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Acoustic guitars

Discussion in 'off topic' started by Tony L, Aug 26, 2018.

  1. Tony L

    Tony L Administrator

    I’m toying with the idea of buying a nicer acoustic guitar, though have no idea what at this stage. I’m a pretty terrible guitarist by any measure (entirely self taught, all the bad habits etc, I could teach bad habits), but I love just quietly noodling around and tend to play my electric for half an hour to an hour most days. I never get much better but it is an enjoyable part of the day!

    I do have an acoustic, a cheap Epiphone AJ10 that is actually surprisingly good considering it only cost about £100 twenty or so years ago. My main issue is it is a jumbo, and that’s rather bigger than is comfortable to sit with and certainly far louder than I need (it is far louder than I play my electric). I have a feeling what I want is a ‘parlour’ guitar, or maybe even a nylon strung classical. Just something really nice to play, but fairly small in body size and quiet for home noodling about (never gigging). Definitely don’t want anything with any electrics etc. Just a really nice simple little acoustic.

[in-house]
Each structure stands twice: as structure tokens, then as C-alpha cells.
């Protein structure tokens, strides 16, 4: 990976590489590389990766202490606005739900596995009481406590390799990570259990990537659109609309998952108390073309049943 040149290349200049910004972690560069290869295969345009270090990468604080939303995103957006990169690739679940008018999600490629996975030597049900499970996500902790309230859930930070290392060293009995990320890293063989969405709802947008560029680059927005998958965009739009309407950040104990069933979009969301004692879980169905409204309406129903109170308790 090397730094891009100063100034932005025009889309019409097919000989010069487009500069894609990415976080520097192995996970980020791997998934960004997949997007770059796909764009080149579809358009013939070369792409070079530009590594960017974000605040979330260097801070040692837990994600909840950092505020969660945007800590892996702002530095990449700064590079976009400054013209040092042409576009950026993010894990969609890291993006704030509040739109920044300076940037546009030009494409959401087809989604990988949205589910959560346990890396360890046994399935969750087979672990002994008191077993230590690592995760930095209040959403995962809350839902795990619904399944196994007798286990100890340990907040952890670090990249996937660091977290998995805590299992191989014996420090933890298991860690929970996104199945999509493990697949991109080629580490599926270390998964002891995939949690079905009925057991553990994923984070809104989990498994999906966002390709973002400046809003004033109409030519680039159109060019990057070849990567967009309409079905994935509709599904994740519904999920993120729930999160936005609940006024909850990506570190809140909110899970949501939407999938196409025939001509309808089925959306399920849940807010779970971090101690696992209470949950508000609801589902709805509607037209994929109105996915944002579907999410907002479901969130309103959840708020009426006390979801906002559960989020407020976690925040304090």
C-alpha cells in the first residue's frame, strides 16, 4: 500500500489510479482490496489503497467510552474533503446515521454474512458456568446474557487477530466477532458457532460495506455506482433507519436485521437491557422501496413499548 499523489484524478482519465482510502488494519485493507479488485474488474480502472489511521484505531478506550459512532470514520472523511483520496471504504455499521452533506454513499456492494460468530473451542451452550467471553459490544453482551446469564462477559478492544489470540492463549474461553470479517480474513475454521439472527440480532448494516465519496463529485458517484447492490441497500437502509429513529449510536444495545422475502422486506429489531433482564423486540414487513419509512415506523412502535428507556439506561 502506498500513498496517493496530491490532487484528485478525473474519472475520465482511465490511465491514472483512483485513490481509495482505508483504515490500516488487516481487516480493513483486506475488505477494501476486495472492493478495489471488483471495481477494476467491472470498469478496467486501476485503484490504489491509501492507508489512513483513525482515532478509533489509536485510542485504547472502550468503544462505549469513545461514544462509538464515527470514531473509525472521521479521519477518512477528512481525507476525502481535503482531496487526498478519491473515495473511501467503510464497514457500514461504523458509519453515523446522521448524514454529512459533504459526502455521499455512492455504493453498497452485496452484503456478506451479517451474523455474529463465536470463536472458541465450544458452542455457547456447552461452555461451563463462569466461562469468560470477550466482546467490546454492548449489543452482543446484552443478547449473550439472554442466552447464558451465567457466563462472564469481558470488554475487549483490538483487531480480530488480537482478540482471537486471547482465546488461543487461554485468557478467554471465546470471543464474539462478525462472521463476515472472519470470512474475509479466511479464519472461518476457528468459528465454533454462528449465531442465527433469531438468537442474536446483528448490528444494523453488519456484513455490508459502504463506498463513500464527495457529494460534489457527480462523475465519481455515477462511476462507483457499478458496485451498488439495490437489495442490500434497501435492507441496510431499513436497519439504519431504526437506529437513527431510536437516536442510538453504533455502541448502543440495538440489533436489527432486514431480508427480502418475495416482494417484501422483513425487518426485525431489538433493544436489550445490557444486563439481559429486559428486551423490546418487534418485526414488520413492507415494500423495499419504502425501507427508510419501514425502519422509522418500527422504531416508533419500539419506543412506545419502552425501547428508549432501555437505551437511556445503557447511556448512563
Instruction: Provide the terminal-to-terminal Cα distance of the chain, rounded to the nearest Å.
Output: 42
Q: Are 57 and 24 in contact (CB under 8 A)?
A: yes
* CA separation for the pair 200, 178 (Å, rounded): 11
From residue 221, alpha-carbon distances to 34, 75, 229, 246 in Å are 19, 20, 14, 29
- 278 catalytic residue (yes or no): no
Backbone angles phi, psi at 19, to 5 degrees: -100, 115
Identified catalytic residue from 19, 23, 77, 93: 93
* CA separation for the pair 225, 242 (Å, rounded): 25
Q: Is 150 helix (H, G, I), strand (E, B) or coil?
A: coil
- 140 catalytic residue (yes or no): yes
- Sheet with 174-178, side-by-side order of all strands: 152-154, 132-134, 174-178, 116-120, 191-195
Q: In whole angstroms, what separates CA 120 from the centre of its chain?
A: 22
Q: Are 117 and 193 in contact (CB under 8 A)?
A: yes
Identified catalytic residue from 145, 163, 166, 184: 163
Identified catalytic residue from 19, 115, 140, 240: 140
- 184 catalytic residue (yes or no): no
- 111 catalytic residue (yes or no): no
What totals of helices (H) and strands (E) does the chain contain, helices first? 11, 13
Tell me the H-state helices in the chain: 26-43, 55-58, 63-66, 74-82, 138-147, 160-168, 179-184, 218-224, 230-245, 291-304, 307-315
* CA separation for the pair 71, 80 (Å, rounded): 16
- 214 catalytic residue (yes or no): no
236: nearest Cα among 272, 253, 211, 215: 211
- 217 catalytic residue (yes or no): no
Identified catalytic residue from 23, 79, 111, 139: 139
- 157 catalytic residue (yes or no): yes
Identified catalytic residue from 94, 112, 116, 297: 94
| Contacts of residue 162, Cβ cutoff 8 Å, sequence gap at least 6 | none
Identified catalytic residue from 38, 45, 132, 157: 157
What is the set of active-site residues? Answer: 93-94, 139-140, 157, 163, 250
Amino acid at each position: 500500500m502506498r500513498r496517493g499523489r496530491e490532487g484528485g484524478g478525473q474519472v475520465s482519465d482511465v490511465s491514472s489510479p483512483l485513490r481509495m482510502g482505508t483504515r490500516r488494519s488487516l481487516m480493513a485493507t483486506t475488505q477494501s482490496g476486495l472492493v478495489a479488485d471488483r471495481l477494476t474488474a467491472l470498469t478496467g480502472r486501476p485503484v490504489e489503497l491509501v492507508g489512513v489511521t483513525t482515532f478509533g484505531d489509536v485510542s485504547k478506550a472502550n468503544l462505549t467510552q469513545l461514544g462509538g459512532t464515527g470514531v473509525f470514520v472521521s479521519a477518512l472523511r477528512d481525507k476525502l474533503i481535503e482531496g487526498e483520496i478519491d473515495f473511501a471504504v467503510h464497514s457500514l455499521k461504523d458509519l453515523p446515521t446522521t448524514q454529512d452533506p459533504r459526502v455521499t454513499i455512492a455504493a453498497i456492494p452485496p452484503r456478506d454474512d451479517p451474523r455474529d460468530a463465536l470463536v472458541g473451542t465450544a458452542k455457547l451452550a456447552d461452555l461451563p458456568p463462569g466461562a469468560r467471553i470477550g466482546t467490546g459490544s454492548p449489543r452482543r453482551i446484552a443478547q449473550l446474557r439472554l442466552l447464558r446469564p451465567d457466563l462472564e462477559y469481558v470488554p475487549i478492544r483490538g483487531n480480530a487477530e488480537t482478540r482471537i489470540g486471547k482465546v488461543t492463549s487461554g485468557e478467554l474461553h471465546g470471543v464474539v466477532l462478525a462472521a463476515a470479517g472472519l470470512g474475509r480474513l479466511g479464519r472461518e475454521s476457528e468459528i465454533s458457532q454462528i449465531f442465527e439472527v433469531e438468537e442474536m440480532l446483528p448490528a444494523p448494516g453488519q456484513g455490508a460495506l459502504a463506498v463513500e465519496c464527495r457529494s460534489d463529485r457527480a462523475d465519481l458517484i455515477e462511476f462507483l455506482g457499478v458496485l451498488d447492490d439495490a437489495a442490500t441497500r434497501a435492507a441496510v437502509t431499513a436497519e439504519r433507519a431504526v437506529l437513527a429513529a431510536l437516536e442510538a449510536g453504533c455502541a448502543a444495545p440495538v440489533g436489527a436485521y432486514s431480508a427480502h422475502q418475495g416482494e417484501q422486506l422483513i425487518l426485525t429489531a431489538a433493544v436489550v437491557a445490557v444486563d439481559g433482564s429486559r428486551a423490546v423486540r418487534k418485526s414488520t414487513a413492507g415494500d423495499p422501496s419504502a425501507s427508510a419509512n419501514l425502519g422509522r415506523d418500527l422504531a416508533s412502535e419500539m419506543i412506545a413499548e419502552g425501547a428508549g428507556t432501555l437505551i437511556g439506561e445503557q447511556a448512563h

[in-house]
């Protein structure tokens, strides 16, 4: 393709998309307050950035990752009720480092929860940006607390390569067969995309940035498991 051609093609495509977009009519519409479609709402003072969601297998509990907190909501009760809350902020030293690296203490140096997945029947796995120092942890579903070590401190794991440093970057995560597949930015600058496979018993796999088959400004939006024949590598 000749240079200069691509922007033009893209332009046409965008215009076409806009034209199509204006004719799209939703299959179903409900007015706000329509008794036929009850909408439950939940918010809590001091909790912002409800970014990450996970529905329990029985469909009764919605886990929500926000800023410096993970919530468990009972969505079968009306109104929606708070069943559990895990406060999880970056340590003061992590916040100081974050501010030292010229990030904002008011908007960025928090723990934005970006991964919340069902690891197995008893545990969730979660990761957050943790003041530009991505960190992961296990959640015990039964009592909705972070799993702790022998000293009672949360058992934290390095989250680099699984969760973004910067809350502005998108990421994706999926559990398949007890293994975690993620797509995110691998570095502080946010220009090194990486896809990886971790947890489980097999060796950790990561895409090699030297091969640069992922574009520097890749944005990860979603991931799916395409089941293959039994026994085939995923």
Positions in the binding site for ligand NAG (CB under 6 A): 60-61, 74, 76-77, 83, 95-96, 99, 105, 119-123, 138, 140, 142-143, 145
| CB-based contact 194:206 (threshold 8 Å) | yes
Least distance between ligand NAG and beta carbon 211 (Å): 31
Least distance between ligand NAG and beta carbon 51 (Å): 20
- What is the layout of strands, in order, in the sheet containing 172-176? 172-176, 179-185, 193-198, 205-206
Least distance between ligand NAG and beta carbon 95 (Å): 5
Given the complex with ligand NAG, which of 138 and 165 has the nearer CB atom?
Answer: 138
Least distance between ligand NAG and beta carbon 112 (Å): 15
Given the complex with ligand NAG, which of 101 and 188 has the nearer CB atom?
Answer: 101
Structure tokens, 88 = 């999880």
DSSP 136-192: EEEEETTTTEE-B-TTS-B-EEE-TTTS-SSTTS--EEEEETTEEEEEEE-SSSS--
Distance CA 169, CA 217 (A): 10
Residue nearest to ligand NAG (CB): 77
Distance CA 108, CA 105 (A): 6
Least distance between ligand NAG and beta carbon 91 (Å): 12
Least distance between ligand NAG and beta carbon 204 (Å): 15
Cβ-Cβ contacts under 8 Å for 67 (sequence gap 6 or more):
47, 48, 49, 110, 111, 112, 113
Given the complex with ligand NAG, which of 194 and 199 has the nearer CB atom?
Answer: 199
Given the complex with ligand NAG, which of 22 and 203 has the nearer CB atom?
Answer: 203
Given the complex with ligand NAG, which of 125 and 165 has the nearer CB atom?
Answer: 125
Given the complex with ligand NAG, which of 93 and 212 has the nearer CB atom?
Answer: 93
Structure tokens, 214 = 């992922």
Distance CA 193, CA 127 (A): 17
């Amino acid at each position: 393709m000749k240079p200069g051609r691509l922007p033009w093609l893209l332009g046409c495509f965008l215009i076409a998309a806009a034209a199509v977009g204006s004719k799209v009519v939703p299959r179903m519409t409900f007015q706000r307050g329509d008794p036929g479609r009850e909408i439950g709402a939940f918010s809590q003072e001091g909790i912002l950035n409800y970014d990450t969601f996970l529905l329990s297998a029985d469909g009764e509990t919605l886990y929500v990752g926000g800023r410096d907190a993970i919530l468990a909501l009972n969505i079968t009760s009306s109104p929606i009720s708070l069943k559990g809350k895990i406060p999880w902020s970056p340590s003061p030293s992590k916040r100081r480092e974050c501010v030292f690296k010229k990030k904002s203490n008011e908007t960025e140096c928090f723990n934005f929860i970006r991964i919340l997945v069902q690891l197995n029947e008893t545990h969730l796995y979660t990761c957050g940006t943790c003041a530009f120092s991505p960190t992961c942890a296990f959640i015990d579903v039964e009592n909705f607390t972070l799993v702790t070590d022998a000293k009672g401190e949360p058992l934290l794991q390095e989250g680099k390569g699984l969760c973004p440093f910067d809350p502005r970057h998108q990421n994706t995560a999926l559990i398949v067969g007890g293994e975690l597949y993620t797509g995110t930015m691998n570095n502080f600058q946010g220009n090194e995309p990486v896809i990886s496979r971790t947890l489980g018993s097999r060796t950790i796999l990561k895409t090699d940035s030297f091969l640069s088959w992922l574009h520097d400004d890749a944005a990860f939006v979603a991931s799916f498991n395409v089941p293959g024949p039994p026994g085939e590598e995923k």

No real budget as such, though if fairly expensive I’d want it to hold its value well, i.e. happy to consider the lower-end of US-made Taylors, Martins etc. I guess the real question is ‘parlour’ vs. classical vs. something else?
     
  2. Whaleblue

    Whaleblue Southbound

    Classical guitars have a much wider fretboard, so I’d avoid that if not specifically looking to play classical.

    I have a 1-series Taylor, and it’s a really nice guitar, well made (in their well run Mexico factory). It’s solid top, but the back and sides are “layered”. Not a problem unless your funny about “not all solid wood”!
     
  3. Stunsworth

    Stunsworth pfm Member

  4. windhoek

    windhoek The Phoolosopher

    My mate's 16-year old daughter just bought a Taylor Academy 10 after spending a couple of hours looking at a range of slightly smaller guitars from a guitar shop here in Glasgow and apparently, she knew within 60 seconds of playing it that that was the one she - her dad - would be buying. I use a Taylor Big Baby myself and the playability is off the charts :)
     
  5. richgilb

    richgilb Admonishtrator

    Nylon string all the way! I have two cheap learner Yamaha ones, a full size and three quarter size. I much prefer the slightly muted / warm strum sound and wider fret for my sausage fingers. Really light too.

    I reckon all tindersticks acoustic strum tracks are done with nylon string guitars
     
  6. robert_cyrus

    robert_cyrus ID should now be "robert_naim"

  7. Tony L

    Tony L Administrator

    Am I right in thinking ‘parlour’ is a standard scale length/neck width with a smaller body and a ‘travel guitar’ is often a shorter scale/narrower width?